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Reflecting on my 3 favorite Camp memories and the social emotional learnings from them


Lately I have thought a lot about my favorite parts of summer camp and how they have shaped me as an educator. I am not the type of educator that will lecture or put on a video but one who wants to engage in hands-on experience where the campers or students I am working with help to build and run the lesson. Watching students as they embark on virtual experiential learning experiences takes me back to moments where I did my best, deepest learning without ever even knowing it and that was always at camp, in moments I wasn’t aware that learning was happening. The fun and sometimes difficult nature of my experiences at summer camp have unconsciously shaped me into a better person that can help achieve both personal and collective goals. Looking back at my top three favorite activities at summer camp, I see just how much social and emotional learning came out of each of them.

1. Respect and Empathy

Every summer at the start of my summer my entire bunk would sit down to create our bunk contract, this consisted of a poster of guidelines we agreed to live by as we started to build our little community. This poster hung at the front of the bunk all Summer long and would always be the first thing you saw as you walked in, at the bottom of the contract was the intricately placed and decorated signatures of every member of the bunk. This was a fun, chaotic, and challenging thing to do as a nine-year old, but looking back to those memories I can’t help but smile at how many lifelong friendships and long-term skills I was building that continue to show up in my everyday life. Whether it was a rule that you had to do the bunks secret handshake at least once a day or practice and lead with active listening with your bunkmates, these rules made us accountable to one another and we loved making them. We learned to respect and empathize with one another, skills that accumulate from everyday activities at summer camp and ones that campers are seeking more than ever. Spending your summer at camp develops these qualities in a experiential and meaningful ways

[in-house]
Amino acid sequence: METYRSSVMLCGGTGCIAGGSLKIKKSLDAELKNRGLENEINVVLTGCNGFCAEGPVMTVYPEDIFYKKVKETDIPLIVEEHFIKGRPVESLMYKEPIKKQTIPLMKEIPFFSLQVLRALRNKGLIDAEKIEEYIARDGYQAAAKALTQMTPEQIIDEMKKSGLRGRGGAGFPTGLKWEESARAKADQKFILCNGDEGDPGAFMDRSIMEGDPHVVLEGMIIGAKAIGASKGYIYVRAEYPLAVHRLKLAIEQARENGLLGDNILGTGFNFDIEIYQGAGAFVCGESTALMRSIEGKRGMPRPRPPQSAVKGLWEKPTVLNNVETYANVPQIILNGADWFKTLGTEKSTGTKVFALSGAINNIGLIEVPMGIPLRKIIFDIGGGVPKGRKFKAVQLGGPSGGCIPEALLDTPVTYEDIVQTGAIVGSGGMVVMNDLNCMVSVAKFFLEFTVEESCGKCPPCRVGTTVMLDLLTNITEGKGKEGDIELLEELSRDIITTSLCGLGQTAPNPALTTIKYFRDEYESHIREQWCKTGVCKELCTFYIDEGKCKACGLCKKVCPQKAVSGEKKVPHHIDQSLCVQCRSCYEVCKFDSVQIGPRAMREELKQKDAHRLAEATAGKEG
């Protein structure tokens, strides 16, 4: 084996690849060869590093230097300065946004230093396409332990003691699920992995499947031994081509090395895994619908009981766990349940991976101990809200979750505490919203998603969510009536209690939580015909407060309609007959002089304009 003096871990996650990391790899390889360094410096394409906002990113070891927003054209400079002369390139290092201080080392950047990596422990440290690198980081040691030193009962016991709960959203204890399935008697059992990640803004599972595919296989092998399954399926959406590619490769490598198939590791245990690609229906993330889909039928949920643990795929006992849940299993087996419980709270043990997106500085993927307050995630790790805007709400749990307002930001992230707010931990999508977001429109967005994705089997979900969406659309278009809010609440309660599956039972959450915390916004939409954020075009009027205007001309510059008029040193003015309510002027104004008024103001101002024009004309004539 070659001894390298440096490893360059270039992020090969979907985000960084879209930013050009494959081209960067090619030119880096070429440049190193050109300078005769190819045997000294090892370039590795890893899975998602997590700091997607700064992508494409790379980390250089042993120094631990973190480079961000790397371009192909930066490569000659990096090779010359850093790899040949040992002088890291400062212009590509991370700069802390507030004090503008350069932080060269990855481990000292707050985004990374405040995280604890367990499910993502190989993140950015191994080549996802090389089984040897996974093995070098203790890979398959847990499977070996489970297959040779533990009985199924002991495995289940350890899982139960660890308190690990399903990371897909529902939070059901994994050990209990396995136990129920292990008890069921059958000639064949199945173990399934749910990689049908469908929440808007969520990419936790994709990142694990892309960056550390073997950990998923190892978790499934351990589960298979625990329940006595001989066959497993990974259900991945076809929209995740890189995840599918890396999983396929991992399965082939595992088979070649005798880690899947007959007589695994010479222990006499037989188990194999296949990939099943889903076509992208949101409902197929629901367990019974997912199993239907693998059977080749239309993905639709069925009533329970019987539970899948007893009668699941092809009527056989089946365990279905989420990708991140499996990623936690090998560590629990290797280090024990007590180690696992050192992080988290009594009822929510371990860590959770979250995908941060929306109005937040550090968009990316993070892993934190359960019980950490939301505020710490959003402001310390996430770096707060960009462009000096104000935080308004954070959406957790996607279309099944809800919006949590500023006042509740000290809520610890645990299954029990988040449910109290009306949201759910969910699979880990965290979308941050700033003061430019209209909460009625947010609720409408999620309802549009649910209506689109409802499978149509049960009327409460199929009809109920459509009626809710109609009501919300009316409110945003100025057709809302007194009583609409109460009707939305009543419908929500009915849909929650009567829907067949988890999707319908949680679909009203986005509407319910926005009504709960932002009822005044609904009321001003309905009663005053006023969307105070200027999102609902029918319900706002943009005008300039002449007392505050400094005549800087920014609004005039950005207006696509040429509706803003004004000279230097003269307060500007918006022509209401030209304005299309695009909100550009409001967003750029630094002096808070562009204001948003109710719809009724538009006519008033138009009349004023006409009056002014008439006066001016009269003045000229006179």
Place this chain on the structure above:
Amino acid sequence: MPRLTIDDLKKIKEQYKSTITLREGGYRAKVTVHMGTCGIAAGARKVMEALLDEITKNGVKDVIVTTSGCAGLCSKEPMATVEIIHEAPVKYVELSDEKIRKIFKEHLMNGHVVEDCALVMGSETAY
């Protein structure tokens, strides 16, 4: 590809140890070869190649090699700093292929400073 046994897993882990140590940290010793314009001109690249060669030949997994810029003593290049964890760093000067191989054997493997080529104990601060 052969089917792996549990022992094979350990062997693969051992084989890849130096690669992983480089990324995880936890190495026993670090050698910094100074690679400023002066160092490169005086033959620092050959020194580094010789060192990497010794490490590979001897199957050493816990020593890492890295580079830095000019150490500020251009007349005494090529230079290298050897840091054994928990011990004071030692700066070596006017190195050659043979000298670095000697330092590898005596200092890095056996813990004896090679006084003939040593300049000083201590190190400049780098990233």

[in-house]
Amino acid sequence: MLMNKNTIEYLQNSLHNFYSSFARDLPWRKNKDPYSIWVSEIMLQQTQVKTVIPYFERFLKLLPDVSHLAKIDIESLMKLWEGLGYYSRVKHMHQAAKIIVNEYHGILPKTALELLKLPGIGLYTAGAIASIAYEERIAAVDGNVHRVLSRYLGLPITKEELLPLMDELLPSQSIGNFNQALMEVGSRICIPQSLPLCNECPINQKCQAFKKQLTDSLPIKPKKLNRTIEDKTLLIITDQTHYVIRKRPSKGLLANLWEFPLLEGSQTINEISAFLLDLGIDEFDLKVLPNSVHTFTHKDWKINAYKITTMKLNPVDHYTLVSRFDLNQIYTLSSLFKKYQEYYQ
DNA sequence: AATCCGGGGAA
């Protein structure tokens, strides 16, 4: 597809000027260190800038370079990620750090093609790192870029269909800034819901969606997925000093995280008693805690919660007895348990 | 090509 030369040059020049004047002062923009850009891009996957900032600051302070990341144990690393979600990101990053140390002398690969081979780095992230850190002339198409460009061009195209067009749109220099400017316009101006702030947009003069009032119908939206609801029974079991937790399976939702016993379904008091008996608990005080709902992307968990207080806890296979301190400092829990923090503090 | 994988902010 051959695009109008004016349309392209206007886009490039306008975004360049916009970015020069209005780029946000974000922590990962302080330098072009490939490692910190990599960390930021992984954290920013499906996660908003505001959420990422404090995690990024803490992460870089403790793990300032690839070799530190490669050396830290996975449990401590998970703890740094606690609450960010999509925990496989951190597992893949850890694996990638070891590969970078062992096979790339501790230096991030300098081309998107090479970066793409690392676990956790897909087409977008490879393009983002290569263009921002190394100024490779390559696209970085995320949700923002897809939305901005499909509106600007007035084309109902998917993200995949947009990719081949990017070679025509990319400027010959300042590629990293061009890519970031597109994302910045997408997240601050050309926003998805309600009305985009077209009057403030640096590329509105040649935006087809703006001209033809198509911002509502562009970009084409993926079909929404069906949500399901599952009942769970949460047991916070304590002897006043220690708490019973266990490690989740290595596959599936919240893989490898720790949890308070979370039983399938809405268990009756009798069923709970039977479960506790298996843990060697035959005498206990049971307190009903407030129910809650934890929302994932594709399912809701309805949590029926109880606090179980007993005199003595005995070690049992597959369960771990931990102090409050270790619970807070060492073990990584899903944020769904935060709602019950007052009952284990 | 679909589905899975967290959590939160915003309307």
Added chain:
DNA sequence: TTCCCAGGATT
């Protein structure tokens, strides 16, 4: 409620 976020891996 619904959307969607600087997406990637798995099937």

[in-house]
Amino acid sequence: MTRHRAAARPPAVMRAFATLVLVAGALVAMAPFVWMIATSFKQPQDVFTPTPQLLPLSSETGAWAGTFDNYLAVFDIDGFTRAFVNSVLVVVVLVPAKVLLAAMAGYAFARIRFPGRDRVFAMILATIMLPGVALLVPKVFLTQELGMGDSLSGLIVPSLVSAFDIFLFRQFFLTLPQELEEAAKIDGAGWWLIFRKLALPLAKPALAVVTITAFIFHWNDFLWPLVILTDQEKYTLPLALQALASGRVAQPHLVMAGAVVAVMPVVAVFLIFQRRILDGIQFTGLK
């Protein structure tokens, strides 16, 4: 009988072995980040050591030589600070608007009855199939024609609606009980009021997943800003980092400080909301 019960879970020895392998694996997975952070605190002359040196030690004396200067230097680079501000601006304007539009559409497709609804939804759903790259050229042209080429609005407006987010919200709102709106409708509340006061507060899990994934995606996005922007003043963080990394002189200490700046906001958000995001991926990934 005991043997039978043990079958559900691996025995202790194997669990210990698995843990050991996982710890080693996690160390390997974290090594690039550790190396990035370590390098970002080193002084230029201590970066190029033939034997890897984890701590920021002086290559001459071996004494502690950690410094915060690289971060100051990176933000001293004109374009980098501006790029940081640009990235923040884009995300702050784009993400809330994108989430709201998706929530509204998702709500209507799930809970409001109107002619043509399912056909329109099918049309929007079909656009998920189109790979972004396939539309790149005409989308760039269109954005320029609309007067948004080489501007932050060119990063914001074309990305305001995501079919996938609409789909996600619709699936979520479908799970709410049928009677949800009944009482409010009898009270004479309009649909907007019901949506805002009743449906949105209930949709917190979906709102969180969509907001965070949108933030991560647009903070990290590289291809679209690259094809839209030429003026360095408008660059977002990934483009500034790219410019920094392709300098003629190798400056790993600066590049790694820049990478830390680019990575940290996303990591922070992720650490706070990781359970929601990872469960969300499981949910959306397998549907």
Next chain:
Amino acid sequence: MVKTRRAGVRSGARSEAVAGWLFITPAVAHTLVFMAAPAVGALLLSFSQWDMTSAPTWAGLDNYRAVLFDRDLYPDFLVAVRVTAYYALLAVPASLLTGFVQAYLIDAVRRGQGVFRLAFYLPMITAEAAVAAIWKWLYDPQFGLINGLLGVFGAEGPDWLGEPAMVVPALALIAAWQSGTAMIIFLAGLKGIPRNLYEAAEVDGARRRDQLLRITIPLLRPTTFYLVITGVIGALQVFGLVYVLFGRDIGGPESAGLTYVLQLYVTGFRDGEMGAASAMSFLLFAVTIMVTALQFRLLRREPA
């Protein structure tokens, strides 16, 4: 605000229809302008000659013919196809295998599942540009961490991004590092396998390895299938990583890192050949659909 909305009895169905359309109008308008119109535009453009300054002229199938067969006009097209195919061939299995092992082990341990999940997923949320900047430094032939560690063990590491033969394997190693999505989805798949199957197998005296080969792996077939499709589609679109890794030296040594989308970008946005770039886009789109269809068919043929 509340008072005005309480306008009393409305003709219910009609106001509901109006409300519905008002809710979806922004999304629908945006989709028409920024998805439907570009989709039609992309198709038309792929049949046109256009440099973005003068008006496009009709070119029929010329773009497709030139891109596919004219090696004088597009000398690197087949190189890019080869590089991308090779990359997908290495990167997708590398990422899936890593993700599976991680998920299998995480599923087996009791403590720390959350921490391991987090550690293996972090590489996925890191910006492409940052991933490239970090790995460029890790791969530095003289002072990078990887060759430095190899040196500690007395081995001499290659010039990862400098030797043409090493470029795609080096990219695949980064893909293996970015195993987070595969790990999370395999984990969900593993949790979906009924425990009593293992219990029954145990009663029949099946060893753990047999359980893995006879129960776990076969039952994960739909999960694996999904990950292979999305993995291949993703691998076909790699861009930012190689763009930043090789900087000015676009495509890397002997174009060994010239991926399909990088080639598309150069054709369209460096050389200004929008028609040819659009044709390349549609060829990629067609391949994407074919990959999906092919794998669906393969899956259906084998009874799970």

2. Learning to stop and smell the roses

All school year-long, as I looked out my window watching the rain pour down, my body would fill with immense eagerness as I repeatedly told myself to try to wait patiently till I got back to camp. In the real world, people frown upon playing in the rain, it can make you sick, it can get you insanely dirty, and it just is simply not practical. At camp, experiencing rain was different. While some of our favorite outside activities like basketball, gaga, soccer and just exploring around had to come to an abrupt end when it rained, some of my favorite time was spent singing in the rain with my camp friends. This was a moment where my bunkmates and I got to throw our social norms to the side and live in the moment, sticking our tongues out, getting soaked and actually taking a moment to feel the rain on our skin. We screamed our singing in the rain song so loudly the trees shook. One time we even brought our shampoo outside and all washed our hair with the buckets of rain falling from the sky. These moments taught me to not always take life so seriously and that in more ways than one, it is so important to stop and sing in the rain whenever you can. Summer camps are one of the only settings in the world where you can truly slow down, stop and smell the roses. All year long kids work toward academic and personal goals, at camp they take a moment to really just live in the moment.

3. Communication and Team building skills

In the middle of the summer my bunk and I would venture down to the far end of camp, which was really a five-minute walk but often felt like 45 minutes to partake in an afternoon of sweaty and extensive trust building exercises. These exercises often caused a cascade of silly fighting that would continue for what felt like months but was really just till the next night. Our trust falls exercises often went awry 13 nine-year olds attempted to catch each other from a four ft drop. While no one ever got seriously injured, a small scratch on a bunkmate required serious attention and empathy, for a non athletic group of girls these trust falls made us feel as if we were at a sports camp that we were definitely not equipped for. These trust exercises helped us build our communication and team building skills. After each trust exercise our counselors asked us to explain how we felt to the group, what we thought went well and what we thought didn’t go very well. Forced to listen to one another my bunk always found a way to work through the bumps, falls and yells that taught us so much about ourselves and our bunkmates while unconsciously building up our social emotional capabilities. At Summer camp, campers get a chance to communicate with one another in a less structured setting while taking on fun and challenging tasks. This establishes communication and teamwork skills in a way school and extracurricular activities often struggle to do.

Reflecting on these experiences and knowing that summer is just around the corner, I can’t help but fill with excitement for all the lucky kids gearing up to attend a Pingry summer camp. The experience campers have as they interact with experiential activities, their counselors and most importantly one another are the ones that will challenge them to continue growing into outstanding and well-rounded people. I for one cannot wait for all the growth and fun to come for all those attending summer camp in 2021!